Published by: Davray Music Ltd.
Earlier on a few folks found one of the tracks to have a sort of Bowie feel about it ... To me this has a bit of a Spiders From Mars feel about it. It certainly isn't the same, but it gives me a Moonage Daydream kind of feel. Also the vocals in the first section are Ray in a lower pitch, and it has somewhat of a Bowie sound to it.
We open up with somewhat of a fanfare, and it sort of seems to mock the grandiose nature of a movie company theme or something. It is a three chord horn arrangement that rounds out with the kettle drums/tympani ... it is actually really quite effective, and it works as a suitably dramatic opening to the song.
We open with this excellent riff over a, B - C - B - D - C# - B, chord progression, and it has a sort of tense spy standoff kind of feel. A really staccato feel, with this loping beat, that seems to be accented by tympani ... I wonder if Mick played the Tympani? .... anyway it works really well.
We have the keys and bass holding the stuttering riff down nicely, and then we get something that seems a little rare? We have Dave with a fully pumped wah guitar. He is really giving that wah pedal a workout, and it actually comes across perfectly. It sort of creates the feel wanted for this track.
The majority of the chord structure is the famous In The Air Tonight chord progression - Em - D - C - D - Em, but you will hear a really nice melodic twist when Ray throws in an A and a B, and this is the sort of subtlety that creates really nice melodic flow.
Anyway, that's how we start off.
Lyrically we have essentially, exactly what the title suggests, a confession of sorts.
Interestingly the first section seems to be foreseeing Mr Black's rule ....
Flash tells us he has just awoken from a dream, and he will never forget it, but wishes he could.
The dream is not the voice of his conscience though. Essentially the confrontation with his soul/conscience isn't actually referred to as a dream, and we can probably relate to it in the sense that he had an internal dialogue, that is dramatised for the album. When the sharp spike of his conscience woke him up, he was having this dream, and it could well have triggered his conscience, and the internal dialogue that took place.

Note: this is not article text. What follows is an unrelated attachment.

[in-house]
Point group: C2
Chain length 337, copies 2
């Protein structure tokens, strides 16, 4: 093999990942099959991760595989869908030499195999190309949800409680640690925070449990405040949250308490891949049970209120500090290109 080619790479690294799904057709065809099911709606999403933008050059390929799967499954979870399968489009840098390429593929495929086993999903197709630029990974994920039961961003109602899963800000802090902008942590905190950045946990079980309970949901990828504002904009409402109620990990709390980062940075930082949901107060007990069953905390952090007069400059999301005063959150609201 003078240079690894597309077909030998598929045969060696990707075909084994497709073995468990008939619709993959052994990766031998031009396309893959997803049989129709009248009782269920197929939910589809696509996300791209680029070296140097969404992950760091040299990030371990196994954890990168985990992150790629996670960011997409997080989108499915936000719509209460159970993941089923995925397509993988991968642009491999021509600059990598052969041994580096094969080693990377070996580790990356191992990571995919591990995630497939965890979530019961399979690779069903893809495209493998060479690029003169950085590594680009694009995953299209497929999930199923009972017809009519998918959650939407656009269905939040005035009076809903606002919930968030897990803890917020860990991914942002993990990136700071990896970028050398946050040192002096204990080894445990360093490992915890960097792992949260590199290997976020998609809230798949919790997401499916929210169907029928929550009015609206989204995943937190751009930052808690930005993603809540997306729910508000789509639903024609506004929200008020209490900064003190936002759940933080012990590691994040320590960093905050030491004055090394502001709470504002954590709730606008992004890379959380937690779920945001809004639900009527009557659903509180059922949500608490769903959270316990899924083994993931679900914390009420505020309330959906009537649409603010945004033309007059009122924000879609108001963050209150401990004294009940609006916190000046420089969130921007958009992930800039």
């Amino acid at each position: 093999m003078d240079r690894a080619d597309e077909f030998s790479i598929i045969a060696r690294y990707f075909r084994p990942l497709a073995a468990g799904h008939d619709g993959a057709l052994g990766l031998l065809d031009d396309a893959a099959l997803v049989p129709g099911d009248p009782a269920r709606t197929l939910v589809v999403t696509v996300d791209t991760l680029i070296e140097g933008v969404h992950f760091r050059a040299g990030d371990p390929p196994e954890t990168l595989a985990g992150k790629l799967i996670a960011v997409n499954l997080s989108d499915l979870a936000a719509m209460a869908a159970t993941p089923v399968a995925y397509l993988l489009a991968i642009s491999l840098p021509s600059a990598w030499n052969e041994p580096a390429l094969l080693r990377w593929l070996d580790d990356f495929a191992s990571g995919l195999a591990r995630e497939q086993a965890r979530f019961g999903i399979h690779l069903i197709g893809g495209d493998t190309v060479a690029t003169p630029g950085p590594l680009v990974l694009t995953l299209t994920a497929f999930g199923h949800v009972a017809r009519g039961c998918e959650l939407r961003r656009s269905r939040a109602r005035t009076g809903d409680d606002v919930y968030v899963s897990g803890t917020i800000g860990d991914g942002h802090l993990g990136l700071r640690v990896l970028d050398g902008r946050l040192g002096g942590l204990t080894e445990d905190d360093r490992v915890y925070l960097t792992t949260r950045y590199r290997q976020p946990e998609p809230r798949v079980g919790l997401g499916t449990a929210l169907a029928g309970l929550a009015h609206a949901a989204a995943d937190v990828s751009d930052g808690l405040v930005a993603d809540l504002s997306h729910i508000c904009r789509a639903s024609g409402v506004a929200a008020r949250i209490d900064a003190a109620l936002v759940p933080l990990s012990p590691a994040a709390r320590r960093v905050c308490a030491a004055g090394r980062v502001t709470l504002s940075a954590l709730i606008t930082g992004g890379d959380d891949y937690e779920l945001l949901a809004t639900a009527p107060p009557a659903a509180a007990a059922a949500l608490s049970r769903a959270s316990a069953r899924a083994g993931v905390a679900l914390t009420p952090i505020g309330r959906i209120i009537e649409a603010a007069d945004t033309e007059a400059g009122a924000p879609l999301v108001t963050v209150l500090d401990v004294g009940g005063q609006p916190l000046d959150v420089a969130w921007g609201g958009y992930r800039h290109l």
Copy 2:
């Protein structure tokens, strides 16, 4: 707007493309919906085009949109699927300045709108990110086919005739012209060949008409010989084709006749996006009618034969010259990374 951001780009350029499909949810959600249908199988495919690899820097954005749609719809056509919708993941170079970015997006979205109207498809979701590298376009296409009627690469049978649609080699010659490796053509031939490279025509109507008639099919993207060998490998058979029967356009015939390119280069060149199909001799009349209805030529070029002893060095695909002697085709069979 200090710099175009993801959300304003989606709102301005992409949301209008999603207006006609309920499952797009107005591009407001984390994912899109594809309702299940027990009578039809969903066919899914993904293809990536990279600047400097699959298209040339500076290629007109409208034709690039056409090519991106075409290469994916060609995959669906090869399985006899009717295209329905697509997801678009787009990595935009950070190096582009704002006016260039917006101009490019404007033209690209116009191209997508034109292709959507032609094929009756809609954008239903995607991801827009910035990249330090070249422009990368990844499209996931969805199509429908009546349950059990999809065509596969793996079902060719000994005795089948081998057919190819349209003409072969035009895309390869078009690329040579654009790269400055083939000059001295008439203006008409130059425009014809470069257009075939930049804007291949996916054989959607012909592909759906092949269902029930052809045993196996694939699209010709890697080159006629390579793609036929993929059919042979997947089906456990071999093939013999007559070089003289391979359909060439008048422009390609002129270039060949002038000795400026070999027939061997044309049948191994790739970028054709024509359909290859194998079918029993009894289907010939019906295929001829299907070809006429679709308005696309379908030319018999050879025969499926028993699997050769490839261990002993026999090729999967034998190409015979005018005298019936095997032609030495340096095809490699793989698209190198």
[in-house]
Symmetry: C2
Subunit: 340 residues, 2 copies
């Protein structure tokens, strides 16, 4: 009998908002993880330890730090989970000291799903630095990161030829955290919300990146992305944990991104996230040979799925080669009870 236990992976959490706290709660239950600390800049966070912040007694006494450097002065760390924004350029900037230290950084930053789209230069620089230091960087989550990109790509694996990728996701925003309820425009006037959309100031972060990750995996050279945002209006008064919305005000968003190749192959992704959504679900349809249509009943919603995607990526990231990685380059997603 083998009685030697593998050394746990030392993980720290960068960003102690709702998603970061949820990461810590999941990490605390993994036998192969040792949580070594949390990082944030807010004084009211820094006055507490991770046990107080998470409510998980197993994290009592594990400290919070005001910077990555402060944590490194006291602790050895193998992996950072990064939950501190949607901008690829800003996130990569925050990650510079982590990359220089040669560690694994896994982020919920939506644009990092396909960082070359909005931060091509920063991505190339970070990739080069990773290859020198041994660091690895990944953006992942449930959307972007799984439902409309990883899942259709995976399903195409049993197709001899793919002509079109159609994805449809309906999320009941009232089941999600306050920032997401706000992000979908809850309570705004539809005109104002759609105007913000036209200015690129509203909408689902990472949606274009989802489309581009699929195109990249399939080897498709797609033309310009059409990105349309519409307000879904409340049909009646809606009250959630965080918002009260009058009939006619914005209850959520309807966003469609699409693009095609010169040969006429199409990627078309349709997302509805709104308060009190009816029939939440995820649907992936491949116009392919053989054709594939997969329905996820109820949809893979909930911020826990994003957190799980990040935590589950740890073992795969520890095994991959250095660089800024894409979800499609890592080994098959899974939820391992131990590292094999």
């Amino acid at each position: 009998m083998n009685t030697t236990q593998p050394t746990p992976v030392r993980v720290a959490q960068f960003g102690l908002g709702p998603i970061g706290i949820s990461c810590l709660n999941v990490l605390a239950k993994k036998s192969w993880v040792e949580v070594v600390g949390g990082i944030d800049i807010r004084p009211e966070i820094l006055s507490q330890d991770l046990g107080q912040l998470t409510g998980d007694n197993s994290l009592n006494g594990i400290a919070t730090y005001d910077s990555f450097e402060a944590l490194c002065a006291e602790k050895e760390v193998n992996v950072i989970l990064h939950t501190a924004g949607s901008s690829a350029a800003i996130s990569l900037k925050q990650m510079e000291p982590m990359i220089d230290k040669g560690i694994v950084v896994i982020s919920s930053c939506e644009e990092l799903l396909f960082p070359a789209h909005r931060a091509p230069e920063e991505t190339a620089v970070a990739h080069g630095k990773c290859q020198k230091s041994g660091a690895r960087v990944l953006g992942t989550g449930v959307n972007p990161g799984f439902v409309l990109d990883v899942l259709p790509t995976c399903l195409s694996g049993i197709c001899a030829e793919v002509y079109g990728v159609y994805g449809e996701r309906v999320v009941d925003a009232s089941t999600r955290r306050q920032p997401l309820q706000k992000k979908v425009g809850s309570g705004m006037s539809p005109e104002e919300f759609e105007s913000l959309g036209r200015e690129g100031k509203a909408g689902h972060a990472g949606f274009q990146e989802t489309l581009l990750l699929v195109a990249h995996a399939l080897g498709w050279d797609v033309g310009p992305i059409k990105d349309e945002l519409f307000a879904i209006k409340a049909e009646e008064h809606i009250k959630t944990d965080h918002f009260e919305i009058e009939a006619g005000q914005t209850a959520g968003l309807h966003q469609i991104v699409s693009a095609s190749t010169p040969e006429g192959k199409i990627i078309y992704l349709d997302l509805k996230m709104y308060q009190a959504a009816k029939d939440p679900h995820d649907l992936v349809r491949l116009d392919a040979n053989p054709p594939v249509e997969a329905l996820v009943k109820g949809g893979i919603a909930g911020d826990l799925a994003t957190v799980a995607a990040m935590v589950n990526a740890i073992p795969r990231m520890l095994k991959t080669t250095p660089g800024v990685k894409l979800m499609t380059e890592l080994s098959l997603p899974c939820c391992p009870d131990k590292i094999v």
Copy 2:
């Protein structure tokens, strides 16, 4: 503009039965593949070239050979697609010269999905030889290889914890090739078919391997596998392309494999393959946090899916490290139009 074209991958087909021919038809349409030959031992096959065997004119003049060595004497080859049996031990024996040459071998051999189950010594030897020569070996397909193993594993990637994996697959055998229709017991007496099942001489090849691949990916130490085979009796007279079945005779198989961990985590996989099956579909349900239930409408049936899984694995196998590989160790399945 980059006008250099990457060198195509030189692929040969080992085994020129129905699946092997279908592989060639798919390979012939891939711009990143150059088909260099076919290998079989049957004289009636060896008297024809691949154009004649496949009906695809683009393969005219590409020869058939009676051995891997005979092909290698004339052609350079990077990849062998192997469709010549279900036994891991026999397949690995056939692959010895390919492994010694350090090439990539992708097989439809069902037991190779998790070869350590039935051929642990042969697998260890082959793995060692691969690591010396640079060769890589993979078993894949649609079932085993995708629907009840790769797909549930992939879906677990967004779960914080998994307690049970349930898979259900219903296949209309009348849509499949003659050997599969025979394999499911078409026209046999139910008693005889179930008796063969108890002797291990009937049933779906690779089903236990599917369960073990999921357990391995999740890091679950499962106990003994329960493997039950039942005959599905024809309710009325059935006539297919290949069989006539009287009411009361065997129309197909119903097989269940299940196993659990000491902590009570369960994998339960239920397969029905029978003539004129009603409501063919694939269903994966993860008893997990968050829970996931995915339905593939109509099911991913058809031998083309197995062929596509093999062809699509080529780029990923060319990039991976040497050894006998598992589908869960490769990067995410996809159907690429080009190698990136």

It is a scene where Flash is a complete unknown. Nobody will speak to him or touch him, or even acknowledge him.
For a powerful person who has slid into narcissism, that is a complete nightmare.
Worse still though, it goes on to say that aside from being detached from the people, he had no identity, no individuality, no thoughts of his own, no personality, ... just a number waiting to be called ... and this seems to be the agenda of Mr Black. A totalitarian society, where there are no individuals. The government is in control, and all are subservient to it..... history tells us that those who are not, tend to disappear in the night, and never return.
So the swirling grind of the descending chord pattern with the wah guitar really works as the musical accompaniment, because it has all those feelings in there.
Lyrically it seems like Flash is realising the impact his rampage of selfish money making has had.
Now while we're still in this opening bit, I think it needs to be said that Ray's vocal here is perfect. It flows smoothly over the music beautifully. We get a really cool melodic flow that rises and falls in intensity, but it also has a hint of the rhythmic rap thing we have seen in a few spots recently. Ray is flowing beautifully, and the overall grinding rock feel works wonderfully well.
At the end of the first vocal section, we have a reprise of the intro riff, and it again has this swirling intensity that keeps us in the zone.
The pulsing drums and swirling wah guitar are just great.
Then, all of a sudden, we move into an electric piano, holding centre stage, and for a brief moment, on its own, replicating the staccato delivery but with some excellent drum accents, and then we move back into that staggered groove.
Again Ray's vocal delivery is great. He again has some nice melodic lines in there, but this section has even more of a rap kind of delivery.
Lyrically this is a pretty comprehensive self examination, and it seems to be genuine.
To me the centrepoint of the vocal and lyric is .....
"I've opened up my body and looked inside
And I'm everything that I once despised."
This is a full realisation of how far down the rabbit trail Flash has/had come, and it comes with the full realisation that he has betrayed himself, and become the thing he once despised.
Again it also seems to acknowledge that he realises that his error is going to have serious consequences under Mr Black's government.
Even in the serious nature of this track, we still get some typically humourous Ray lyrics .... I mean " I confess to the ugly for being so vain" is classically hilarious to me.
For me this is a great rock song, with only really a touch of theatre in its dramatic nature.
At the same time though, it manages to push the narrative along really well.
For me we have another great song, on what seems to me at this stage, to be another great album.